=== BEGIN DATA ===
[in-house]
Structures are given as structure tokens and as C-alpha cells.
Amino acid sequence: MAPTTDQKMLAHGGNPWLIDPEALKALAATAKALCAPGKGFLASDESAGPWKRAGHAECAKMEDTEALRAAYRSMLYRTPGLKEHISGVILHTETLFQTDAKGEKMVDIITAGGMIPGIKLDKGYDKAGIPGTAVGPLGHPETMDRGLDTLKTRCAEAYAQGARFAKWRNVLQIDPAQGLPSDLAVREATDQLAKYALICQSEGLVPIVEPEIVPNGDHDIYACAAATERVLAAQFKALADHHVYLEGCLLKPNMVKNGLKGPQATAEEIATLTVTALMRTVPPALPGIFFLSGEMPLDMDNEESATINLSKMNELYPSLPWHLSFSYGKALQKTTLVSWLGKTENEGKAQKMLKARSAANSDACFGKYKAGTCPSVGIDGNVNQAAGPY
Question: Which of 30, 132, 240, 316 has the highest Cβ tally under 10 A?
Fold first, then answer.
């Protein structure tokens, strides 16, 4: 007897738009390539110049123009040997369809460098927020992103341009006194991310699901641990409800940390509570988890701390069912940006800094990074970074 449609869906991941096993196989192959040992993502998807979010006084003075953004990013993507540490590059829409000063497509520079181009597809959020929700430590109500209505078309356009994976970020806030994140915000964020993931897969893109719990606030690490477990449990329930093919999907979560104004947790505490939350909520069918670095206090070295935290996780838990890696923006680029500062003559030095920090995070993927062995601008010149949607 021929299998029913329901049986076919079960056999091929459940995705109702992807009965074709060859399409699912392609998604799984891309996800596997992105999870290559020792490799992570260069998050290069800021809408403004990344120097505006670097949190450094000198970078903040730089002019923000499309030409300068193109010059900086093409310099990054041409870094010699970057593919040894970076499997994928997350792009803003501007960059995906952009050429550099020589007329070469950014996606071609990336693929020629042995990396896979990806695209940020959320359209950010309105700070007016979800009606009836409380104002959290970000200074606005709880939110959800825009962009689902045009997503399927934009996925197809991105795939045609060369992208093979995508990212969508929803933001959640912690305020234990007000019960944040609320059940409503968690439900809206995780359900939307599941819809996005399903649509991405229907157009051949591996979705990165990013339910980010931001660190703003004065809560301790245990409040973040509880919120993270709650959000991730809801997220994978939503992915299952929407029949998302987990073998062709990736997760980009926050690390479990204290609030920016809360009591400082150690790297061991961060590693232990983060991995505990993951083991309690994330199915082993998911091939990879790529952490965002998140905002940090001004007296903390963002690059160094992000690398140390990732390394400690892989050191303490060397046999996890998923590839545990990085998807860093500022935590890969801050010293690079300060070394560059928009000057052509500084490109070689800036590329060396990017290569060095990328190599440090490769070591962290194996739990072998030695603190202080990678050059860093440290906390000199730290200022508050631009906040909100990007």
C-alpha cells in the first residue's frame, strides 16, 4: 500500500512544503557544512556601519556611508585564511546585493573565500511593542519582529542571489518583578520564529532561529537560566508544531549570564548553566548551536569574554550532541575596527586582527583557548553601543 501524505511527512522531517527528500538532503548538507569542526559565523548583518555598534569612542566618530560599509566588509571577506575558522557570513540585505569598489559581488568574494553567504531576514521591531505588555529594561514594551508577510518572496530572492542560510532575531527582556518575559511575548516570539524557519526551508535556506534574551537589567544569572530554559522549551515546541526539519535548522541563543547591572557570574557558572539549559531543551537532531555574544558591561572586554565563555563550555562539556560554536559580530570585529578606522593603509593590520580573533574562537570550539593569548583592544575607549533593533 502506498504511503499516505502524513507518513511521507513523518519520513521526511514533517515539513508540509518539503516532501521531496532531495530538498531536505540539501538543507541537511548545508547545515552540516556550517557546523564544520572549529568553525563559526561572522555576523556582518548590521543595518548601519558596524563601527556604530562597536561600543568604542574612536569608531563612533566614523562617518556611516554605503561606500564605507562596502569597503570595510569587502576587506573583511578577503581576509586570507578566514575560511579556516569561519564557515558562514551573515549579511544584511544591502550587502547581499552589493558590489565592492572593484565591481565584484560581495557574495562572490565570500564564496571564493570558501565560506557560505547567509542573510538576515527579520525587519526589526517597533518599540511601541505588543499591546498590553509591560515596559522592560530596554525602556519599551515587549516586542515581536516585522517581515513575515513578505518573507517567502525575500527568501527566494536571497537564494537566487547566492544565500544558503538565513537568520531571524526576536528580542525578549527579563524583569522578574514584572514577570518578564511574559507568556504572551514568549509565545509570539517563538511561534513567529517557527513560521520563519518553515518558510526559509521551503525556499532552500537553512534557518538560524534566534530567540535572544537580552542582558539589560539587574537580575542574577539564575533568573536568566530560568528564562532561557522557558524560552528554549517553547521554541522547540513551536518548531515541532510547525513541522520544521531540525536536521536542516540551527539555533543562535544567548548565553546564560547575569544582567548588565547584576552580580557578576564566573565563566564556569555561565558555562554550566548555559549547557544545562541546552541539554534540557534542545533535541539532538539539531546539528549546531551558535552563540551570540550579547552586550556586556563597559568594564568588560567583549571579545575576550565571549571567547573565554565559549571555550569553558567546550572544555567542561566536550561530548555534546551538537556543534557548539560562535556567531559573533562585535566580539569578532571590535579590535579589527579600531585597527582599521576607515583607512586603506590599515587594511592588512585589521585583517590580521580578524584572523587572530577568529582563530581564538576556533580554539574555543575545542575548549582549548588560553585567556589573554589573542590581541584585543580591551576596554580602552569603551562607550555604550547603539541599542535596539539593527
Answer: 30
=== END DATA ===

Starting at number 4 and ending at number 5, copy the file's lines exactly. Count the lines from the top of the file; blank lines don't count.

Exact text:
Question: Which of 30, 132, 240, 316 has the highest Cβ tally under 10 A?
Fold first, then answer.